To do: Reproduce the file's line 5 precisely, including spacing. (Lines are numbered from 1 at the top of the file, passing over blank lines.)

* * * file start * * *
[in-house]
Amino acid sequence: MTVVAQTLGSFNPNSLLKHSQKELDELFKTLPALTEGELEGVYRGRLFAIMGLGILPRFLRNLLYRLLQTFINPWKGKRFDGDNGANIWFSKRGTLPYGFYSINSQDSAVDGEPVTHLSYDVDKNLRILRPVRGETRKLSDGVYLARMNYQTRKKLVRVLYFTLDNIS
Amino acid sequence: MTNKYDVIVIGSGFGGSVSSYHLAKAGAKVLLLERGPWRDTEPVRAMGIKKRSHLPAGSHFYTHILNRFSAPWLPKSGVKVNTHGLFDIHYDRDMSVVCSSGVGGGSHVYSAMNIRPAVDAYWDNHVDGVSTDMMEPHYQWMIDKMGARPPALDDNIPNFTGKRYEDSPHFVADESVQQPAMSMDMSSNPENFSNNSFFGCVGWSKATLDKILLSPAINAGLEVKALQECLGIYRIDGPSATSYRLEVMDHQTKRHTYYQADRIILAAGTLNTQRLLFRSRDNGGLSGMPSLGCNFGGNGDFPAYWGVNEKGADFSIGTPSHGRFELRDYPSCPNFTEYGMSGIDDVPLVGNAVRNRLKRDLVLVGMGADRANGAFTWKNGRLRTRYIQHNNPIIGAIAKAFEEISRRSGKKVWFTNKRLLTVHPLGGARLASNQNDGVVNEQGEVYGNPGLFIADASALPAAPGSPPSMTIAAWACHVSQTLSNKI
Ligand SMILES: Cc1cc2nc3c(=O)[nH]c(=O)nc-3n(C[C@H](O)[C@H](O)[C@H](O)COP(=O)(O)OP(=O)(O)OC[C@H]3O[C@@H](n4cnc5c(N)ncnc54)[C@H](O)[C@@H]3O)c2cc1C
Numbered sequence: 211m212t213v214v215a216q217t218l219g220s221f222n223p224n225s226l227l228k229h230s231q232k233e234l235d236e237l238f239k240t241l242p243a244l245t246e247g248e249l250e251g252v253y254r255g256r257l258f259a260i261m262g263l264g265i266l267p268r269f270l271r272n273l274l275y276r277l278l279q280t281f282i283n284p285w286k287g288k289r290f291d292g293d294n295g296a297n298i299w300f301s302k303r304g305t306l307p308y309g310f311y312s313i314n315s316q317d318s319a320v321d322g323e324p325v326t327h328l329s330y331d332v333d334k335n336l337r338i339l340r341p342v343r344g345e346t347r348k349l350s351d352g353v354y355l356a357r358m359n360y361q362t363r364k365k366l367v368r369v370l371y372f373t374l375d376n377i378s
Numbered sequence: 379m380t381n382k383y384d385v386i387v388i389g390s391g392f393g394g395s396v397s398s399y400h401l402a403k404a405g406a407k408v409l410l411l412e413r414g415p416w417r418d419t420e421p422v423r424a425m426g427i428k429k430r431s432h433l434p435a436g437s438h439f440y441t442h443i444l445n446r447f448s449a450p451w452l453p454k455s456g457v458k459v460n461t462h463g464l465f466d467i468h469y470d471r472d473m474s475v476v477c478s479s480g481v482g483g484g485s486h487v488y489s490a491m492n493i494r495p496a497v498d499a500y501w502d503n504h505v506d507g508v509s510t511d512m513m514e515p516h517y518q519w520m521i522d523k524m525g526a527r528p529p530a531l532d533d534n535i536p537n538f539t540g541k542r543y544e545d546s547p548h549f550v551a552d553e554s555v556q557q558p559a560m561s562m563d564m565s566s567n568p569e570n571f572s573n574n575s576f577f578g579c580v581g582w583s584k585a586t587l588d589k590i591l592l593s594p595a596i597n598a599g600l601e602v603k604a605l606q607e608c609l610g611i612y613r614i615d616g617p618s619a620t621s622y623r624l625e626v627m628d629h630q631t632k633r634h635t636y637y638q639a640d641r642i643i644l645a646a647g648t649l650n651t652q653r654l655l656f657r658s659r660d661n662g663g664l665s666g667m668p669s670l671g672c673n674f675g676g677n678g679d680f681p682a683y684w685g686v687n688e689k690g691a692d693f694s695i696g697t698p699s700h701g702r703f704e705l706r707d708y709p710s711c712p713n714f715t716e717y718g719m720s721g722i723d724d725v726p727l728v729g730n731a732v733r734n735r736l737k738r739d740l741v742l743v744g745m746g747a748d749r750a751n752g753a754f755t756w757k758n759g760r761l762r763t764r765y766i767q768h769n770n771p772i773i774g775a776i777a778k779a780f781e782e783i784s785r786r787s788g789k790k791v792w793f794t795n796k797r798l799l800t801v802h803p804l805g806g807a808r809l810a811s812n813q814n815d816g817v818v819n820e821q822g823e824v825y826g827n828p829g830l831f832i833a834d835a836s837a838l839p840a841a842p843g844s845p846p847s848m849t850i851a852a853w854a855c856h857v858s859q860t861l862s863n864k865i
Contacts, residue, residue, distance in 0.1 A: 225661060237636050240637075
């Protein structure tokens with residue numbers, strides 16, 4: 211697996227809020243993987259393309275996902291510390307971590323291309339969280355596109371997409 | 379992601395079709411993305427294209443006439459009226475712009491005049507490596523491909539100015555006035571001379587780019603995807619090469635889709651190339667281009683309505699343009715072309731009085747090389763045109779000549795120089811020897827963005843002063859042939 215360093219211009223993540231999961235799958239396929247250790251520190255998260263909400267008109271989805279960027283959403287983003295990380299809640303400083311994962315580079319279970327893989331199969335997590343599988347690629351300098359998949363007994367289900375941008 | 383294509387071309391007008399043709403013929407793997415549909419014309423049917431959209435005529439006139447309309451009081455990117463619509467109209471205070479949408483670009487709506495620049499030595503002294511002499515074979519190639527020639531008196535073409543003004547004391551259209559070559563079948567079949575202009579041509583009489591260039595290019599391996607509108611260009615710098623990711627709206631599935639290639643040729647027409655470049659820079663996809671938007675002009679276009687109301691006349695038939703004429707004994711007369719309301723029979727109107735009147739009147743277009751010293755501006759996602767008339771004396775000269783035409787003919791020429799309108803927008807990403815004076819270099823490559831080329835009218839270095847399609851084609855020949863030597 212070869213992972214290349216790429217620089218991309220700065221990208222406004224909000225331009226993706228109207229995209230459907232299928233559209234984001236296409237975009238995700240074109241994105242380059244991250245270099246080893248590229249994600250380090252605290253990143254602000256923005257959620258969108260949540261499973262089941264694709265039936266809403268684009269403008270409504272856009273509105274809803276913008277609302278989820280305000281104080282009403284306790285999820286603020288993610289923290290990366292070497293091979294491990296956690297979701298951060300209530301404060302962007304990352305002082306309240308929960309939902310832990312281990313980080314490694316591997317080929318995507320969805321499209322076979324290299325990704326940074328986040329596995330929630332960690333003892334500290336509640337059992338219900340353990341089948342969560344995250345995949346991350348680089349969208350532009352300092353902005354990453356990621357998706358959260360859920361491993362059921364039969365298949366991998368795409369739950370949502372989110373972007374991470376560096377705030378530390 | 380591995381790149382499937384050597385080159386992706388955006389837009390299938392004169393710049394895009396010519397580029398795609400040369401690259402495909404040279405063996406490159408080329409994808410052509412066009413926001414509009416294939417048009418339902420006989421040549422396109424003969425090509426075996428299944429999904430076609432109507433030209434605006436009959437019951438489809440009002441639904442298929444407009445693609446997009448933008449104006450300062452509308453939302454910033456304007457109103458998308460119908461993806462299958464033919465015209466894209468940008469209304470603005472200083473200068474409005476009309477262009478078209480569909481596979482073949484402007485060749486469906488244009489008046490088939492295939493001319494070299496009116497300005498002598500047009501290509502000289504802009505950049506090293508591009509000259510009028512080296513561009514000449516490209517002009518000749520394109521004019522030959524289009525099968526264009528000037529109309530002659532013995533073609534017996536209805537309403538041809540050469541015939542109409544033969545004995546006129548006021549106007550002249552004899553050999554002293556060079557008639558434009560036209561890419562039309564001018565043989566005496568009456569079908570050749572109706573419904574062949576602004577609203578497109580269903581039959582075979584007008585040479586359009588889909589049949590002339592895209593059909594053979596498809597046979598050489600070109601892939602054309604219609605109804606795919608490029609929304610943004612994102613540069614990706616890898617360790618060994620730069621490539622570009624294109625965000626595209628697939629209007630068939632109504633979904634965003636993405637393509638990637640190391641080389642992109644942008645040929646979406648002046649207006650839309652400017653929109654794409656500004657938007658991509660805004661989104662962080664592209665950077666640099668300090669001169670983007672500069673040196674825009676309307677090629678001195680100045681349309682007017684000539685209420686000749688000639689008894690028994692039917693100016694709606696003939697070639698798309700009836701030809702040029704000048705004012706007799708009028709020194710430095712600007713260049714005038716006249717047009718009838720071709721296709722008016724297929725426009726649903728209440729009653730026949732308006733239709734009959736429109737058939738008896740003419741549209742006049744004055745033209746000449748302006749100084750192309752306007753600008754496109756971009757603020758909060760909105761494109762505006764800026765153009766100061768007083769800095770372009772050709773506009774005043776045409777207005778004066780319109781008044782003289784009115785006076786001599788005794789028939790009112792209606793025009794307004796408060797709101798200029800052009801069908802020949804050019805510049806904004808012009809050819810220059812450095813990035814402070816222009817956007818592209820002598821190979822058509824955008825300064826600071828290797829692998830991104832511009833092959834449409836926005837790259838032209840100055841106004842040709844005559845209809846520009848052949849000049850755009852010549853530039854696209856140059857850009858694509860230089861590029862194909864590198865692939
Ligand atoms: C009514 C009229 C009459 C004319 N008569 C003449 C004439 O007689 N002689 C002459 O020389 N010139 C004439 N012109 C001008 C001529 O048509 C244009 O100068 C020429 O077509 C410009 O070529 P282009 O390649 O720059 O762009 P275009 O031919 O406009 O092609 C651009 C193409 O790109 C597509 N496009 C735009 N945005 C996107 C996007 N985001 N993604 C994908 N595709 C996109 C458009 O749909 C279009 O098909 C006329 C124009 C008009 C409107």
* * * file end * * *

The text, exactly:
Numbered sequence: 211m212t213v214v215a216q217t218l219g220s221f222n223p224n225s226l227l228k229h230s231q232k233e234l235d236e237l238f239k240t241l242p243a244l245t246e247g248e249l250e251g252v253y254r255g256r257l258f259a260i261m262g263l264g265i266l267p268r269f270l271r272n273l274l275y276r277l278l279q280t281f282i283n284p285w286k287g288k289r290f291d292g293d294n295g296a297n298i299w300f301s302k303r304g305t306l307p308y309g310f311y312s313i314n315s316q317d318s319a320v321d322g323e324p325v326t327h328l329s330y331d332v333d334k335n336l337r338i339l340r341p342v343r344g345e346t347r348k349l350s351d352g353v354y355l356a357r358m359n360y361q362t363r364k365k366l367v368r369v370l371y372f373t374l375d376n377i378s